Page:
John R. MacArthur, publisher of Harper’s, is best known for his splenetic hatred for the internet, which he despises on aesthetic, economic, and intellectual grounds. It is the last one, which MacArthur spells out in a weekend New York Times interview, that is most perplexing. MacArthur speaks for the still-large portion of America that believes “print” and “online” are moral and qualitative categories of journalism. This is how MacArthur puts it:
“I’ve got nothing against people getting on their weblogs, on the Internet and blowing off steam. If they want to do that, that’s fine. But it doesn’t pass, in my opinion, for writing and journalism.”
Here is where the metaphysics of MacArthur’s distinction defy simple explanation. No doubt MacArthur very much enjoys the well-crafted arguments of prestigious economist and New York Times op-ed columnist Paul Krugman. And MacArthur would never stoop to pay attention to the rantings of unhinged weblogger Paul Krugman, though sometimes the two are virtually identical. Likewise, he would distrust the shoddy reporting of a story in the online site Politico, unless that story was published on newsprint and distributed in boxes around Washington, D.C.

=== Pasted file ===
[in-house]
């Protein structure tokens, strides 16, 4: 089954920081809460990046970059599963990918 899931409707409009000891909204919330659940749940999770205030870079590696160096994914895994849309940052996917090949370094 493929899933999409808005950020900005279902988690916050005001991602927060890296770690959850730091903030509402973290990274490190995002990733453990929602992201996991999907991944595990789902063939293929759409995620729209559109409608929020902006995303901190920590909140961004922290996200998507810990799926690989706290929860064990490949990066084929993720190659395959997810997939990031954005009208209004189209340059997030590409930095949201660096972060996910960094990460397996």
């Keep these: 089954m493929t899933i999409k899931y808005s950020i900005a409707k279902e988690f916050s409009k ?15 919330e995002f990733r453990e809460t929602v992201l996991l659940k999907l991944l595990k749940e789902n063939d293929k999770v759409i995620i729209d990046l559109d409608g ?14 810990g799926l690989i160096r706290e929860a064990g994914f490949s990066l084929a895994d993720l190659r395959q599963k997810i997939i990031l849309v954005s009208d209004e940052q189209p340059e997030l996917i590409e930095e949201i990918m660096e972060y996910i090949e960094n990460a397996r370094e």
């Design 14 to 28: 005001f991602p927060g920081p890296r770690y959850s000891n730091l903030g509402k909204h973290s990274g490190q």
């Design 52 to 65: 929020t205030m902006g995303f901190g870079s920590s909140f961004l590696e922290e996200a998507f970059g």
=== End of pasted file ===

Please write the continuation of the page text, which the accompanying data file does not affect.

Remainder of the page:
The tricky part is understanding just when in the process this collection of words is transformed from “blowing off steam” into “writing and journalism.” The answer cannot be “when it is edited,” since editors have long since discovered the technological means of editing stories that appear online only. Is it when the story physically rolls off the presses that it becomes journalism? When it arrives at the reader’s home? Those of us who lack MacArthur’s capacity for erudition and extremely deep thought can only await the moment when he resolves the mystery for us.